Video Game Review: Pokken Tournament (Japan Arcade)

Look at this smug guy. He was a pushover in the anime with all the skirt chasing, but he knew the outcome of the video game match in Yellow Version...

Look at this smug guy. He was a pushover in the anime with all the skirt chasing, but he knew the outcome of the video game match in Yellow Version…

It’s no secret that after watching the Pokemon anime, kids around the world were wishing for a game that really simulated what we saw in the 90’s (Heck I wish I could have a game like that now!). People desperately wanted to know how exactly a Pikachu could beat an Onix. Because he was next to garbage in the Gameboy games when fighting Brock.

So when I heard that Bandai Namco Entertainment was in the works with Nintendo to make a fighting game, you can imagine my anticipation over a whole new way to play Pokemon. (We all know that if there was a Pokemon MMORRPG, that’d signify the end of the world. Nintendo is just sparing us the pain right now.)

So on my trip to the Land of the Rising Sun, I had to try Pokken Tournament out, because how could I not? So after running around through Tokyo like an otaku in a hobby shop, I went over to one of the many arcades to try the game out. While there was a bit of a language barrier, that didn’t stop this fan from getting on the game and button mashing my way to victory!

The game itself is pretty much like a hybrid of Smash Bros. and Tekken in terms of controls. You have a 3D arena you can run around in and the maps are decently sized too, giving players enough room to bait their opponents if need be. The controls are pretty basic too. You have a light combo button, a heavy attack, a special button that lets you use all their powers, a jump button, and a block button in order to withstand your enemy’s attacks. Like Tekken, the fighting mechanics are pretty smooth with plenty of options to take down your opponent with all kinds of strategies.

The characters, while not many, have quite a different range of skill sets and play styles to give players a lot of options for fighting. You’ve got speed types, heavy hitters, combo oriented and technical characters that all have their balances to keep some from being too overpowered. Like Smash Bros, any character is heavily player dependent, so while some appear to have more of an edge, with a little practice, anyone can get good with whoever they choose (With the exception of Gengar. That’s pure cheating all around…).

This guy is pure evil and he knows it!

This guy is pure evil and he knows it!

Players build up a gauge through their matches that can allow them to enter their character’s special stance. For some it’s a mega-evolution that was introduced with Generation VI’s era, while other Pokemon simply enter a more powerful mode with an aura. This also allows you to activate their ultimate attack that enters a cinematic if players are able to hit their opponents with it.

Pokken Tournament also features a support character function that allows you to pick a Pokemon from a list to use a single time per round to help you against your opponent. This can vary from a stun, to an extra hit that can allow you to chain more combos you couldn’t normally do without more time. These supports can easily turn around a match in your favor, so using them with caution is key!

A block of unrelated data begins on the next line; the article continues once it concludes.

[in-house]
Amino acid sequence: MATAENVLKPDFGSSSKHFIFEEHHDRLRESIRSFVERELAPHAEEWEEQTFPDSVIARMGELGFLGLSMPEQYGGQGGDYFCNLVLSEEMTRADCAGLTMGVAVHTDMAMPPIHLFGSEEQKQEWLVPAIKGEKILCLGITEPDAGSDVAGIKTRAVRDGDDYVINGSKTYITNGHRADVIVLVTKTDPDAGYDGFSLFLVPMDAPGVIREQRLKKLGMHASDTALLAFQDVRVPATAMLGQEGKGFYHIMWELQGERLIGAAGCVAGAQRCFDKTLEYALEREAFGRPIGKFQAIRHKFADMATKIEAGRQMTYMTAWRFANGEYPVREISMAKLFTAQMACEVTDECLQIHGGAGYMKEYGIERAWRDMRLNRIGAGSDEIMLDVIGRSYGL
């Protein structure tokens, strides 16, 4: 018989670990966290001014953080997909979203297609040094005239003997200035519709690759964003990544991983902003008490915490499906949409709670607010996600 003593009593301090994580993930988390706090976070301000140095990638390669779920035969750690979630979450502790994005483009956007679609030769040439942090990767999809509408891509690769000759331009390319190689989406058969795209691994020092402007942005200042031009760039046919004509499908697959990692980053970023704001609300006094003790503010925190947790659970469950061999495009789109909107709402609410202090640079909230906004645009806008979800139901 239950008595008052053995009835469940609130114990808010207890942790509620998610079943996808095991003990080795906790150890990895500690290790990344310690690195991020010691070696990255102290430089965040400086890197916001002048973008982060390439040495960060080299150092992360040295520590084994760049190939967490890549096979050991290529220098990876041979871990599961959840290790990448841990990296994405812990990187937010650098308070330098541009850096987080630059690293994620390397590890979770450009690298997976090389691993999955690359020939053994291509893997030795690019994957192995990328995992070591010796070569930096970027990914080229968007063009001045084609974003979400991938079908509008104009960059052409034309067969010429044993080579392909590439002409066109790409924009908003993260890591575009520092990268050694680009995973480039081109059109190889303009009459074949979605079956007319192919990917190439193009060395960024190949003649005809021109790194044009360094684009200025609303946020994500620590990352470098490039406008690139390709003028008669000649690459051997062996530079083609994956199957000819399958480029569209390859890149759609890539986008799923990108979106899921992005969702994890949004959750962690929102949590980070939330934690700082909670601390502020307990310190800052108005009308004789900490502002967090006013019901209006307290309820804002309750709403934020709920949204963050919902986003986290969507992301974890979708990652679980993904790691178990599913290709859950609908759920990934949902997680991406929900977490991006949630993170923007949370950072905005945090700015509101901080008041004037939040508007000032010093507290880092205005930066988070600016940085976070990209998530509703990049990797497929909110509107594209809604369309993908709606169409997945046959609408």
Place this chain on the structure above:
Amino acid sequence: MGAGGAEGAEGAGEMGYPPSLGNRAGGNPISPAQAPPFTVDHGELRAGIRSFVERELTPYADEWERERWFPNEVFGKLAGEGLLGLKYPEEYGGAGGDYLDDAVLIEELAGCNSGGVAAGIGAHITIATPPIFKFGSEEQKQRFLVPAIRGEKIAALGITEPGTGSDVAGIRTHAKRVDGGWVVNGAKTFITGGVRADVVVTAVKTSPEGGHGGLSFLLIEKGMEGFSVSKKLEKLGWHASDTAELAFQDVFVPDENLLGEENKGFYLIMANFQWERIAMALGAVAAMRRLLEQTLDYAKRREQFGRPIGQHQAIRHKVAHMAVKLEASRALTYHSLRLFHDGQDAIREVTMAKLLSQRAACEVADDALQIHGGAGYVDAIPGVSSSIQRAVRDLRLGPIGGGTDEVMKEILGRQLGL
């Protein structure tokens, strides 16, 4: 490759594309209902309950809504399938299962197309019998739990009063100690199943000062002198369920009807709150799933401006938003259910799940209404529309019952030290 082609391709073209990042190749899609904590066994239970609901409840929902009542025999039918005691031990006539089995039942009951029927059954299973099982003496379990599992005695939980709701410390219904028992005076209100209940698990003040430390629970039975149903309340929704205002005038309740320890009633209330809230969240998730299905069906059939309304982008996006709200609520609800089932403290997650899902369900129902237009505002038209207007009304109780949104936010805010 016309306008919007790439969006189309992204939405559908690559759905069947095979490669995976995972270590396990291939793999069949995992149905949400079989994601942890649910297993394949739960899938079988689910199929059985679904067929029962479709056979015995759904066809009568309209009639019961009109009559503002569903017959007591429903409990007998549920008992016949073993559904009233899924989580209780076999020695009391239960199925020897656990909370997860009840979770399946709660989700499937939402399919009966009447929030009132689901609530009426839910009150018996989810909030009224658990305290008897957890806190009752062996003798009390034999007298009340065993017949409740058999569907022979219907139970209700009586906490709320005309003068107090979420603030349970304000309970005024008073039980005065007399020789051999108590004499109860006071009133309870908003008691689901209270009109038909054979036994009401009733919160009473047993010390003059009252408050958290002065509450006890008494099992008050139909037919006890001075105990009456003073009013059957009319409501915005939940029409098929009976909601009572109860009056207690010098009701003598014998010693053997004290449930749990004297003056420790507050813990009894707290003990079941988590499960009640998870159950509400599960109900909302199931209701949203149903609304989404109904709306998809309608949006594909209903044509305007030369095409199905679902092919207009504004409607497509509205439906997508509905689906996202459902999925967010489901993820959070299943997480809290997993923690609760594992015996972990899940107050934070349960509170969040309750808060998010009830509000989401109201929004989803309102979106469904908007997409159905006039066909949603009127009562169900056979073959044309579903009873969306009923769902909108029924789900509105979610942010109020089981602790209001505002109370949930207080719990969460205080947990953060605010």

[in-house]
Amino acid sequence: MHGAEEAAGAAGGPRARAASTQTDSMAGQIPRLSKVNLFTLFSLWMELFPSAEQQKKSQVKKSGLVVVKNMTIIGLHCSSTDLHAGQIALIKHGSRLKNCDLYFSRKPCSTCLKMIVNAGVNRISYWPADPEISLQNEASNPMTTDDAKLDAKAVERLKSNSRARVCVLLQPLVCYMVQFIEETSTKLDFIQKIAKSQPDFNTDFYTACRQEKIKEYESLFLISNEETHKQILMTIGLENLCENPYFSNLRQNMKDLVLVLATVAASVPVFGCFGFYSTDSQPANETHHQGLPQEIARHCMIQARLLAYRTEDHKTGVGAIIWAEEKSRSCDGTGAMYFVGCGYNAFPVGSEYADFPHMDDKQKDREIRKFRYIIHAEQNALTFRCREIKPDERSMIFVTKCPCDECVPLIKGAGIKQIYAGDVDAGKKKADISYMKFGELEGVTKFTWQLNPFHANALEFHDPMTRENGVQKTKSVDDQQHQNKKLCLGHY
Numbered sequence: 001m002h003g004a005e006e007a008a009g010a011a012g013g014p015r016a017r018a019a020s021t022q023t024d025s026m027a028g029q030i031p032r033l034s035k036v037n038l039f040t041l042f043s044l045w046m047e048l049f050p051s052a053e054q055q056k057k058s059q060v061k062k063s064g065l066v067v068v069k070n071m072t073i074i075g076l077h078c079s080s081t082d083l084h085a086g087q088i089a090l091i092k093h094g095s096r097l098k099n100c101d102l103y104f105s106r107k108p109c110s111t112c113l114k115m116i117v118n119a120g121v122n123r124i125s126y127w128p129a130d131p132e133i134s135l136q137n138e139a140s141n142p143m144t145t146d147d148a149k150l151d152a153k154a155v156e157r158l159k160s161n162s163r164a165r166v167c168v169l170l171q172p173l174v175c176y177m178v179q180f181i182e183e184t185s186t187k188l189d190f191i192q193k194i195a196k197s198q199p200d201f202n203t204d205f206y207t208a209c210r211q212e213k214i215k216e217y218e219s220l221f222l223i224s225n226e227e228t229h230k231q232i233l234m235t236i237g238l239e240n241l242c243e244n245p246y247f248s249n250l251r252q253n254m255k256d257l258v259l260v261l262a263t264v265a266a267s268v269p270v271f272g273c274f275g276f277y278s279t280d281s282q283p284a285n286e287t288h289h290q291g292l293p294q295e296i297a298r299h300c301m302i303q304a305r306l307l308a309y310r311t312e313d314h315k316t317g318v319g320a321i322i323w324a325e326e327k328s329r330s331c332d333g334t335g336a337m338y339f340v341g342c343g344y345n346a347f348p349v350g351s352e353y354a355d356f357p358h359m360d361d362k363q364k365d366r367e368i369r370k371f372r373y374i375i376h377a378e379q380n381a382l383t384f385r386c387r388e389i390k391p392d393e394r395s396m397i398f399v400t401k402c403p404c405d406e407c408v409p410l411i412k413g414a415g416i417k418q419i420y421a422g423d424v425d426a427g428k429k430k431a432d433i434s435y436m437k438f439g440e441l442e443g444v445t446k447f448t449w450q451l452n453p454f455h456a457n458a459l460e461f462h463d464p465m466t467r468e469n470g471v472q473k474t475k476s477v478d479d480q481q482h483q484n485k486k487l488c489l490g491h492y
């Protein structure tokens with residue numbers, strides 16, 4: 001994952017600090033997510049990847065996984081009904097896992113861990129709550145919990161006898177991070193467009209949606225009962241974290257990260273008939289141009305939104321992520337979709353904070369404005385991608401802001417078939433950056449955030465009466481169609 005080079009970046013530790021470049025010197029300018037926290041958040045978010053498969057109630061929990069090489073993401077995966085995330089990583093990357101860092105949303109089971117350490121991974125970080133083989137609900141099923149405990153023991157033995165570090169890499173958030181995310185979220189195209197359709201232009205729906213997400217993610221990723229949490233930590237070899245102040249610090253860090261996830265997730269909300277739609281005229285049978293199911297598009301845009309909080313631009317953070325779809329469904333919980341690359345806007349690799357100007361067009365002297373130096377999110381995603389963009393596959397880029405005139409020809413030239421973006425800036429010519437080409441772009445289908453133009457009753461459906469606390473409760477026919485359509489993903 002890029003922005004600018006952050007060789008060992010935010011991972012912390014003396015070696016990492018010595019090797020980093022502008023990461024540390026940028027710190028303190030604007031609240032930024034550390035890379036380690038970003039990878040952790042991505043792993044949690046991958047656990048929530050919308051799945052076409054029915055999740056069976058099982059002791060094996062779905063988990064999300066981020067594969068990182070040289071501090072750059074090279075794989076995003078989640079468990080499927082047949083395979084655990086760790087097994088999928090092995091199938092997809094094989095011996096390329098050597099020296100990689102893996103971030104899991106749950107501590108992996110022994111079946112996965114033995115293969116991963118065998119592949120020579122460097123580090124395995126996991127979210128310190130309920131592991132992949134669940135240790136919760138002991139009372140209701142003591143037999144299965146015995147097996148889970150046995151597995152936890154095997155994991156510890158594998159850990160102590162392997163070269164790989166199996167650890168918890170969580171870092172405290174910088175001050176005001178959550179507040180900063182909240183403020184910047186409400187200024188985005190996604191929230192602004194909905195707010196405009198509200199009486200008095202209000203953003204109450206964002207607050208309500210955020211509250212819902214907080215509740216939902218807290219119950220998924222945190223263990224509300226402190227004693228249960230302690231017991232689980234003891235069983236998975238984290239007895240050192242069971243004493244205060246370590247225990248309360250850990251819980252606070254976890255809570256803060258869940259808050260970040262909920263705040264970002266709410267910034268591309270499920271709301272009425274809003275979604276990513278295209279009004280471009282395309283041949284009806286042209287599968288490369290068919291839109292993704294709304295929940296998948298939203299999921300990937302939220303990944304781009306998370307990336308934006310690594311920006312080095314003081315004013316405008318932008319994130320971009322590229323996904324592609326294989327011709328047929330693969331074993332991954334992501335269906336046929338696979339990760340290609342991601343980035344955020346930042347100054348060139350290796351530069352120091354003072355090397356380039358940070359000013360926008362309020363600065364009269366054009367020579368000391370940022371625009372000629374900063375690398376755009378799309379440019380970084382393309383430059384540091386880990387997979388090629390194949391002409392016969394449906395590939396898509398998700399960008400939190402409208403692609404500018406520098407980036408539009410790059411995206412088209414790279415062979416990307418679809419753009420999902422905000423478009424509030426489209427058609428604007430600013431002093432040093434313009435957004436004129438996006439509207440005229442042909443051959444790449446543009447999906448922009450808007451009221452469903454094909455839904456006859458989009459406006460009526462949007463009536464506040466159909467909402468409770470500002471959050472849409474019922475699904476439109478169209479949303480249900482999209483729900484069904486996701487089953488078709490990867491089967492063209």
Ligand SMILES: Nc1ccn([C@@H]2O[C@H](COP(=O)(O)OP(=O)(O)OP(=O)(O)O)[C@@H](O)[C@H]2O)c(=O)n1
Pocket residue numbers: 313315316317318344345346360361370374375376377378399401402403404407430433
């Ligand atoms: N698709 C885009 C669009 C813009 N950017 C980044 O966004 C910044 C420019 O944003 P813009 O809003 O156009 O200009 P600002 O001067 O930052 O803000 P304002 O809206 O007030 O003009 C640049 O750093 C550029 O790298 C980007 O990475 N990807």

I’ve never been the type to really care for stories in my fighting game and probably won’t ever, because who plays these for the story? So, having a language barrier didn’t really bother me, as I play a fighting game for one thing and one thing only- the action!

The graphics were pretty amazing for this title. Anyone can see that a lot of detail was put into the game, as even the hair textures for the furrier Pokemon are visible. I do enjoy nice graphics to compliment smooth gameplay!

Seeing the videos on YouTube for quite some time now, I came in having some decent expectations of the title. Unfortunately, while the game seemed very impressive, I didn’t find it as enjoyable as I hoped. The lack of a large roster really hurt the game’s performance for me, despite the wide array of styles. When it comes to fighting games, I like having options for playable characters. One of the other things that really bothered me was the fact that despite this game being an arcade title, players had to use a controller to play.

I honestly felt like an arcade joystick/button combo would be been better.

I honestly feel like an arcade joystick/button combo would be been a better choice.

I read a review that stated this title wasn’t generating a huge amount of buzz despite the initial hype, and seeing the machines generally unused while I was there proved to me that this was true. While the game is entertaining and has potential, I feel like it’ll definitely be better suited for it’s home console release later next year. Giving fans the ability to play this title at home, Nintendo can play this out like the latest installment for Smash Bros. and simply add more characters through DLC.

All in all, while the game wasn’t necessarily the highlight of my video game experience, I’m definitely glad I tried it out and would recommend it to anyone who is interested. I have a feeling that despite the arcade’s lack of popularity, the home console version of this game is going to be even better. Especially with the options to play with your friends.

Pokken Tournament debuted in Japan’s arcades July 16th and it’s scheduled to release for the home console March 18, 2016 for Japan, and Q2 on the Wii U.

Any questions or comments about the game? Please feel free to leave your thoughts below and thanks for reading!

Gameplay: 7 Graphics: 8 Story: N/A Characters: 5 Overall: 7